[iSSF2020] “Coexisting with Nature”…The Post-Coronavirus Era

Interview with Professor Kisoo PARK, College of Medicine, Korea University. Former Spokesperson of the Korea Centers for Disease Control and Prevention Directly experienced the swine flu (H1N1) and MERS outbreak in the former government.
Kisoo PARK, College of Medicine, Korea University

iN THE NEWS Reporter Jiyoung KWON | On January 20, the new coronavirus disease (hereafter COVID-19) arrived in South Korea. COVID 19, which was compared with swine flu (H1N1) or MERS (Middle East Respiratory Syndrome), spread rapidly, and the daily confirmed cases rose rapidly and reached a peak of 909 on February 29.

In particular, as the COVID 19 group infection began and the number of confirmed cases increased exponentially, a campaign called “social distancing” began, and going outside became a frightening thing. The South Korean government was relatively successful in their “4T” measures (Testing, Tracing, Treating, and Trust), but COVID-19 is still coming in through the cracks in our society.

In some cases, people hide themselves for fear of social discrimination, making them more at risk from infectious diseases. For this reason, some people are saying that the more the Corona 19 continues, the more the government should pay attention to ‘careful quarantine’ to find hidden places.

South Korea was able to put up a relatively good defense, but many major powers such as the United States are still experiencing a rise in cases that are comparable to a 2nd wave. The number of confirmed cases in the world has reached 11 million, and the number of deaths has exceeded 540,000.

Seven months have passed, but fears of COVID 19 remain, and most airlines are not resuming operations. Although no one can give us an answer at this point, the question of “When will the COVID-19 pandemic be over?” is on everyone’s mind.

I have talked with Professor Kisoo PARK at Korea University (College of Medicine, Institute for Environmental Health), who is the first speaker at the “2nd iNdividual Survival Strategy Forum 2020: How to Survive In The Post-Coronavirus Era?” hosted by iN THE NEWS on September 2, on the topic of COVID19. Professor Park is a public health expert with direct experience with MERS in the government, and he is currently helping with the assessment of preparedness against the emerging infectious diseases of the World Health Organization (WHO).

Before this, Professor Park worked as a reporter who had his start at Yonhap News to other news outlets such as EDAILY and Hankook Ilbo, before being selected as the deputy spokesperson (Public Relations Officer) at the Ministry of Health and Welfare in 2011. Later, he served as the first spokesperson (Crisis Communication Officer) after the head of KCDC was promoted to the vice-ministerial-level position.

What is the biggest change that occurred since the COVID-19 outbreak?

“I personally received lots of [COVID-19 related] broadcast and contribution requests. I’ve been quite busy. I’ve been doing interviews with public TV networks in Yeouido and Sangam-dong, comprehensive programming TV channels and news channels located in Gwanghwamun, radio programs. I also gave lectures and contributed articles. I think the media believe that I have a more practical understanding of the current situation because I worked as the deputy spokesperson of the Ministry of Health and Welfare during the 2015 MERS outbreak. Thanks to this, I had an opportunity to provide a more realistic explanation to everyone.

In addition to my practical experience, health, economics, communication, etc. are my major fields, so I think I can provide a more human-centered explanation to the current situation because I studied the aforementioned subjects comprehensively.

Since I’m a teacher, teaching students is very important. Also, due to COVID 19, I had to give online lectures throughout the first semester, and I feel very sorry that I couldn’t communicate well with the students. And since I was unable to meet my students, I felt like I was giving a lecture to a blank wall. It was difficult and frustrating for me as a lecturer, and the students have also said that it was hard for them as well because they weren’t able to get the necessary feedback. I just hope that this situation will improve next semester.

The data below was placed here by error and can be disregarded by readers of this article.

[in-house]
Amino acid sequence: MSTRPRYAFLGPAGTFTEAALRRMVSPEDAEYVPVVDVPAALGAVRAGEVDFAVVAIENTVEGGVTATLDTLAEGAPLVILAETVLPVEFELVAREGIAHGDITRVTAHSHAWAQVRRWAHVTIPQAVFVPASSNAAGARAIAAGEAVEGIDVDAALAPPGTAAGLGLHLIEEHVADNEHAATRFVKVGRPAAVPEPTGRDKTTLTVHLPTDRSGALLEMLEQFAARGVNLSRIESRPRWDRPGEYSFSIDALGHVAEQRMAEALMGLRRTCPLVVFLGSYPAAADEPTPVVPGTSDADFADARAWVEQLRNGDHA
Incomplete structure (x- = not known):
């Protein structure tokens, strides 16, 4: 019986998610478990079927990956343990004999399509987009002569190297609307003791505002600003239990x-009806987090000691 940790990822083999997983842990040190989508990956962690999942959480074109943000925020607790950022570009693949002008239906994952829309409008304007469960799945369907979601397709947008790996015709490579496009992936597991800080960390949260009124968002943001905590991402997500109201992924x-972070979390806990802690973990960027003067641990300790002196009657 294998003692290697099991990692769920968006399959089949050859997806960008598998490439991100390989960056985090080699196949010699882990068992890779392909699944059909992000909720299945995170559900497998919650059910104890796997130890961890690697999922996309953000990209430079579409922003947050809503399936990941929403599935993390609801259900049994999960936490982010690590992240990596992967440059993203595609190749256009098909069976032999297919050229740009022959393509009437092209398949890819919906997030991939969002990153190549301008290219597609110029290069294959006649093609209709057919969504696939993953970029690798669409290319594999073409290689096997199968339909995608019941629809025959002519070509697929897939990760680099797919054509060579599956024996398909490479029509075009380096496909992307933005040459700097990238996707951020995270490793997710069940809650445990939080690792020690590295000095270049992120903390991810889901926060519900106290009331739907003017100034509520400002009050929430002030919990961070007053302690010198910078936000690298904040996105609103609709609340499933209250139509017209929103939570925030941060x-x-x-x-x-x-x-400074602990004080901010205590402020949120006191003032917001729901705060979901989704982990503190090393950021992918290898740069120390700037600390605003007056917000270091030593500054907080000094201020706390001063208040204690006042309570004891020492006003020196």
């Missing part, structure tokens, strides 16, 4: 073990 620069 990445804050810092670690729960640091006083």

In terms of the public, I think the nation’s fear is probably the biggest change. Since COVID-19 is an EIDs (Emerging infectious diseases), I think people are more anxious about the disease due to a lack of information. Even though something might be very fearful, it’s natural to feel less afraid when you know about it. Fear of the unknown is a good way to describe this situation.

If you look at past cases, diseases that are transmitted from animals to humans were not common. There were SARS in 2003 and MERS in 2015, and both were diseases that were transmitted from animals (rats, cats, camels) to human beings. Because these diseases cross over between species and keep mutating, they’re very unpredictable. And because they are new, information keeps changing and fear continues to grow.”

How does the academic world predict the COVID-19 situation? What do you think is the biggest reason that contributed to the rapid spread of COVID-19?

“There is a difference in opinions in the academic world regarding COVID-19. It’s difficult for me to speak on behalf of the entire academic society, but the medical or public health sector seems to agree that this was something that would happen someday. SARS, the swine flu, MERS, COVID-19, and other diseases that are transmitted between species occur when human beings invade nature (including animals) during the process of exploring or expanding into new territory. We get a new infectious disease during this process. It’s a negative example of give and take.

The black plague or Spanish flu from the past led to many deaths in proportion to the general population, but the situation was different from today. This is the first time in human history that a disease has spread so quickly across the entire world in less than one year. There have been remarkable advancements in mobile technology in the last 100 years. We had 90,000 or more commercial planes flying through the sky a day.

We could hop on a plane and travel anywhere in the world in less than 24 hours, so it’s only natural that a virus in our bodies can spread even faster than before. COVID-19 has originated in Wuhan, China, but it spread to nearby countries such as Korea and Japan, then to New York in the United States, Paris, France, and Italy through airplane hubs and gradually made its way to South America (Brazil) and even Africa.”

Even though it’s so unpredictable, when do you expect the COVID-19 pandemic to settle down?